Overview: Disaster recovery and emergency planning are critically important components of a risk management plan. One of the best ways to plan ahead for a natural or manmade disaster is to perform a risk analysis that determines which disasters are likely to affect a particular workplace. For example, a building that is located near the Florida shore will benefit from a detailed hurricane plan, as well as building structures designed to withstand such weather.
There are numerous possible disasters that could hit a workplace; however, it would be unrealistic and a waste of resources to create plans for every possible contingency. Instead, having an overall plan that can be quickly adapted to various situations and individual plans for only those occurrences most likely to happen will best protect the work environment in a cost-effective manner.
Trends: Blame climate change or a natural cycle in the earth's atmosphere, but the weather can be unpredictable and extreme, from earthquakes in the East, tornadoes in the Midwest, blizzards and flooding in the South and record temperatures everywhere. It is therefore increasingly important to have a general disaster recovery plan that can be adapted for various weather events.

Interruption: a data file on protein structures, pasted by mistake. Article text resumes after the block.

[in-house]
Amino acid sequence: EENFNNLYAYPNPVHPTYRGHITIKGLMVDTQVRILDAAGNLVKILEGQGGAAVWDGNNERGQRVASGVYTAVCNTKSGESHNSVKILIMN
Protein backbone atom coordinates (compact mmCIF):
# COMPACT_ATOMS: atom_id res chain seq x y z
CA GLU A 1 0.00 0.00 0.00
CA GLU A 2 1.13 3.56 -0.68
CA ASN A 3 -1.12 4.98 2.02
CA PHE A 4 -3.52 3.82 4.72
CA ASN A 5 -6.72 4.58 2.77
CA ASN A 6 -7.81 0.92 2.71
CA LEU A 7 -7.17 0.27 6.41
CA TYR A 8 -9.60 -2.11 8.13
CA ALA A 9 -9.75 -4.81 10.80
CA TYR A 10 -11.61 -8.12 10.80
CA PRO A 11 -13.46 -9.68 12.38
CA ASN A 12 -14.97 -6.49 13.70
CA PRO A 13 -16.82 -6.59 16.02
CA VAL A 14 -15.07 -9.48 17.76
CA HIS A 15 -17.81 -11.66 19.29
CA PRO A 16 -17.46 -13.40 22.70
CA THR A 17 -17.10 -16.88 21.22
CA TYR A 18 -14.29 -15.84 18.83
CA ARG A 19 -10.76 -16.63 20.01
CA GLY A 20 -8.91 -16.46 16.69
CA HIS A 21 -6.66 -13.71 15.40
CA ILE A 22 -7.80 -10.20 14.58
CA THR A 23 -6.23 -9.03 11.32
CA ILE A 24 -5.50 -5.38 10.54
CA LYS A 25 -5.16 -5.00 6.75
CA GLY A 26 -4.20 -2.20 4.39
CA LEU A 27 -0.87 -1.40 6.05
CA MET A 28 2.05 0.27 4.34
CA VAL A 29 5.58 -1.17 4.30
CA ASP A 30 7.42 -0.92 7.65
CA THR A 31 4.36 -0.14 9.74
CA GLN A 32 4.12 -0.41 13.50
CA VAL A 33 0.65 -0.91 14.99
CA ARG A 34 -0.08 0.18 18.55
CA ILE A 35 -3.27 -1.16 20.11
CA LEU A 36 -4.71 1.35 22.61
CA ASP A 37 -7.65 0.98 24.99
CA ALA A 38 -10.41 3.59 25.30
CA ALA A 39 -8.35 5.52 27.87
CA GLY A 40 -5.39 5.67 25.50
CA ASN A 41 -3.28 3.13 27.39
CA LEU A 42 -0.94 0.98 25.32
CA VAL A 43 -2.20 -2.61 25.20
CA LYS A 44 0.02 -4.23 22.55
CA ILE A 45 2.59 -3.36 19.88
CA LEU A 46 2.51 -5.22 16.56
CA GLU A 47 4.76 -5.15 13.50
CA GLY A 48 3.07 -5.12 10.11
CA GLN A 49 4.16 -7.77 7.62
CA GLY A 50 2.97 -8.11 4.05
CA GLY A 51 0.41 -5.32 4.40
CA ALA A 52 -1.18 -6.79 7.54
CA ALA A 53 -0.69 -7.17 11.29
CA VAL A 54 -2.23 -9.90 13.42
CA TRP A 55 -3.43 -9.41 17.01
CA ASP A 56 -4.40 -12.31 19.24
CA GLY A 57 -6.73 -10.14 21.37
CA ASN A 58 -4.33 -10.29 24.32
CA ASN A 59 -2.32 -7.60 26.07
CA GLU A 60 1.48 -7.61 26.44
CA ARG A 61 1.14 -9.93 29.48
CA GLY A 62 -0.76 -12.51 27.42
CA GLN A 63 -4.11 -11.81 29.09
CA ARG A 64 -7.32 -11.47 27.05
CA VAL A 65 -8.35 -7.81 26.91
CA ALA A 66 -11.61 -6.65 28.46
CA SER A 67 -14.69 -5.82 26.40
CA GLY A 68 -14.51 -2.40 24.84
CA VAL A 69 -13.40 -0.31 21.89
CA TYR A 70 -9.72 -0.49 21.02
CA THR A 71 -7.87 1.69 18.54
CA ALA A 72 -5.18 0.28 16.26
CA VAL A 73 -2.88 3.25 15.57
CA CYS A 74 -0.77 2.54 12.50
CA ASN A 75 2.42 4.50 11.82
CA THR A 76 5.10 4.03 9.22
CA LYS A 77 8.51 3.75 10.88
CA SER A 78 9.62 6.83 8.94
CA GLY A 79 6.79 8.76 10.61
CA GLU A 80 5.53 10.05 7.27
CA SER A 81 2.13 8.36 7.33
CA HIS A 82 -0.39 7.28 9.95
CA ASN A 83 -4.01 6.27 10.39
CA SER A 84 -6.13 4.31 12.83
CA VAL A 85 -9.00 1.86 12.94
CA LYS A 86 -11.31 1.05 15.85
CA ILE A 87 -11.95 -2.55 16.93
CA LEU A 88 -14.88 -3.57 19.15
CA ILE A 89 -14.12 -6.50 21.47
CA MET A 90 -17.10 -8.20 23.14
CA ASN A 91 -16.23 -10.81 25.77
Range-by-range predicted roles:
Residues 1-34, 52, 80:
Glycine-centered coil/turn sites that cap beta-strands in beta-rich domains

Author: Melissa Gonzalez Boyce, JD, Legal Editor
An employer may use this policy to reduce risk, protect stakeholder's interest and ensure continuation of services in the midst of a catastrophic event or natural disaster.
This How To details the steps an employer should take to keep a business running after an emergency.
Employment glossary definition of Business Continuity Plan.
Employment glossary definition of Contingency Planning.
Employment glossary definition of Crisis Management.
Employment glossary definition of Disaster Recovery Plan.
Employment glossary definition of Disaster Unemployment Insurance.
Employment glossary definition of Emergency Action Plan (EAP).
Employment glossary definition of FEMA (Federal Emergency Management Agency).
HR guidance on recovery planning in the event of natural and manmade disasters.